## Executive Summary

The sustainability of retirement cash flows from a portfolio depends in no small part on the returns generated by that portfolio – in particular, the real returns, given the pernicious impact of inflation over a multi-decade retirement.

In today’s high-valuation environment, many retirement projections are being done with reduced long-term return assumptions… with the caveat that while many advisors agree on the need to project lower returns, there is little agreement on

how much lowerit should be.A look at the available market data suggests that realistically, it would be appropriate to reduce equity return assumptions by about 100bps (or 1 percentage point) over the next 30 years, to reflect the current valuation environment. Ironically, the reduction is not greater, because 30 years is

sucha long time that even if returns are bad for a period of time, there are enough subsequent years to recover as well.In point of fact, though, it turns out that market valuation is even more predictive of 15-year returns, and that today’s high P/E ratios imply that between now and 2030, market returns could be reduced by as much as 400bps. On the other hand, because market valuations (and the associated returns) tend to move in cycles, this also implies that in the 2030s and 2040s, market returns could be as much as 400bps

abovethe long-term average as well.Ultimately, then, the ideal way to adjust return assumptions in a retirement plan in today’s environment may not be to reduce long-term returns at all, but instead to do projections with a “regime-based” approach to return assumptions. This would entail projecting a period of

muchlower returns, followed by a subsequent period of higher returns, in a manner that more accurately reflects the impact of market valuation on returns – and better accounts for the sequence-of-return risk along the way as well!

## Impact Of Market Valuation On Long-Term Equity Returns

As Benjamin Graham famously said, “in the short run, the market is a voting machine but in the long run, it is a weighing machine.” The fundamental point that the father of value investing was trying to make: while in the short term market prices generally move based on the market psychology of what’s popular (and not necessarily based on what the investment is “really” worth), in the long run markets eventually weigh an investment based on its underlying value.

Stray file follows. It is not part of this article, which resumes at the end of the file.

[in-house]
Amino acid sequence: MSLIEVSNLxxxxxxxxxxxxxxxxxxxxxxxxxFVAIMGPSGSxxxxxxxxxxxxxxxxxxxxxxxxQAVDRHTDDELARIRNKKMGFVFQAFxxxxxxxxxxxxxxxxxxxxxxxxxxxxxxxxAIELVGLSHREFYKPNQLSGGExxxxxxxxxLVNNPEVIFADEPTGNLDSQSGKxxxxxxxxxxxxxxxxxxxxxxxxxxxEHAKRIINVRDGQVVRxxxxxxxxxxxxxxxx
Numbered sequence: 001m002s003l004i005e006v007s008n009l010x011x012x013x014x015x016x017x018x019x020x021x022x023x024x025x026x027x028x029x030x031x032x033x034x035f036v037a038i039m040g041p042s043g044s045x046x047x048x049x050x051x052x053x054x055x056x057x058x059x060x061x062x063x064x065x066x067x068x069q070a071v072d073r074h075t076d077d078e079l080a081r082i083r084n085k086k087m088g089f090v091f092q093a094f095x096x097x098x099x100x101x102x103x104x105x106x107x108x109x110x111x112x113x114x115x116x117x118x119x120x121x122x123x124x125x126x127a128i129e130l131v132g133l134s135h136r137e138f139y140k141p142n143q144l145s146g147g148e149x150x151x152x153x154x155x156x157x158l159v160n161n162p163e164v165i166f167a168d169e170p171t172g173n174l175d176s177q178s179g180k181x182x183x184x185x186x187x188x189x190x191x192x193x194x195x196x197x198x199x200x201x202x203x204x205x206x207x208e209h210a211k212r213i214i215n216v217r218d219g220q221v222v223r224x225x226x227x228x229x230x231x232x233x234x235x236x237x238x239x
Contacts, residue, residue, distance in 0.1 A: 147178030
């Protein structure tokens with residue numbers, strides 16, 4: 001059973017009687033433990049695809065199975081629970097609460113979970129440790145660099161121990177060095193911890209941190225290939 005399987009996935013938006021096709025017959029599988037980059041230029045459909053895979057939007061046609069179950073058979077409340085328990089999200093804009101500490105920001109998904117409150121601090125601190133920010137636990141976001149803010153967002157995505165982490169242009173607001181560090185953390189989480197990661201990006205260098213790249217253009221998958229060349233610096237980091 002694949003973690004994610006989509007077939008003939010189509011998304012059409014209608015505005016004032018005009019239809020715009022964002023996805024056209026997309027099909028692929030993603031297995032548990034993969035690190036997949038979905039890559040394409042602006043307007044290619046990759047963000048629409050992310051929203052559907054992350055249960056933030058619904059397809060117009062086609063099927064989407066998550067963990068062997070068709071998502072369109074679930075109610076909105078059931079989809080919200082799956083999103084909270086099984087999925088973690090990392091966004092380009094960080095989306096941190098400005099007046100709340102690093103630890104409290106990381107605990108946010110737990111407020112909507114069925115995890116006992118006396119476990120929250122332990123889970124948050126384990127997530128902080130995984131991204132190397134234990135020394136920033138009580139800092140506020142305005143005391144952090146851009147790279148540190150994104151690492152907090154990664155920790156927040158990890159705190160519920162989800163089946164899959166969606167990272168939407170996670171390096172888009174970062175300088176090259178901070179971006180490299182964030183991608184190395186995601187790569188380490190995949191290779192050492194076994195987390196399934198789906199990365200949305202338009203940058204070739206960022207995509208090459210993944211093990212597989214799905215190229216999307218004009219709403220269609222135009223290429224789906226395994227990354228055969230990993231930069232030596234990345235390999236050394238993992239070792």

And as the data reveals, this phenomenon really is true; in the short run, market returns exhibit little relationship with their underlying market valuation (the correlation between returns and valuation is low). Over longer term time periods, though, market valuation actually exhibits a remarkably high correlation with subsequent compounded market returns! For instance, the chart below shows the correlation between the overall P/E levels of the market (based on the Shiller CAPE) and subsequent returns of various time periods. The longer the time horizon, the better the correlation between market valuation and the returns that follow.

On the other hand, the data also reveals that in the *ultra* long term (e.g., 20+ years), market valuation actually becomes less predictive of equity returns. In other words, while market valuation is predictive for long(er) term market returns, eventually so much time has passed – and so much has changed – that the starting valuation is just no longer predictive of how markets grow and compound 20-30 years later. In fact, valuation is even *less *predictive of 30-year returns than it is in predicting 12-month returns!

## Shiller CAPE And Real Equity Returns

Of course, the caveat to the chart above is that in the end, it’s not just about *nominal *investment returns to fuel long-term retirement spending, but *real *investment returns. After all, if the whole point of having equities for growth in the portfolio is to allow the portfolio to maintain spending power, it’s necessary for the equities to actually generate a favorable *real* rate of return.

Ironically, though, as it turns out, market valuation measures like Shiller CAPE are actually even *more *predictive of *real *market returns than it is just nominal returns! Or viewed another way, one of the reasons why long-term nominal returns are not well predicted by market valuation alone is that inflation confounds the picture. Yet since the ultimate goal is to project based on real returns anyway, using market valuation to predict real returns is just even *more *predictive!

As the chart reveals, there is a correlation of almost 0.50 between the Shiller P/E ratio at the beginning of a time period, and the 30-year average annual *real *compound return that follows from the initial market valuation starting point.

In addition, the data reveals that the predictive relationship holds up in both higher valuation environments, and lower ones. For instance, the chart below shows the 30-year average annual compound growth rates for every starting year going back to 1871; time periods with starting valuations in the top 20% (a Shiller CAPE above 22) are colored red, while those with starting valuations in the bottom 20% (Shiller CAPE below 12) are green, and the rest (somewhere in the “muddled middle” 60%) are blue. Overall, the average 30-year real return is 6.3%, but while there is some variance of returns from high and low starting valuations, overall as expected the average of the high valuation zones is only 5.5%, while the lower valuation zones produced a 7.5% average return.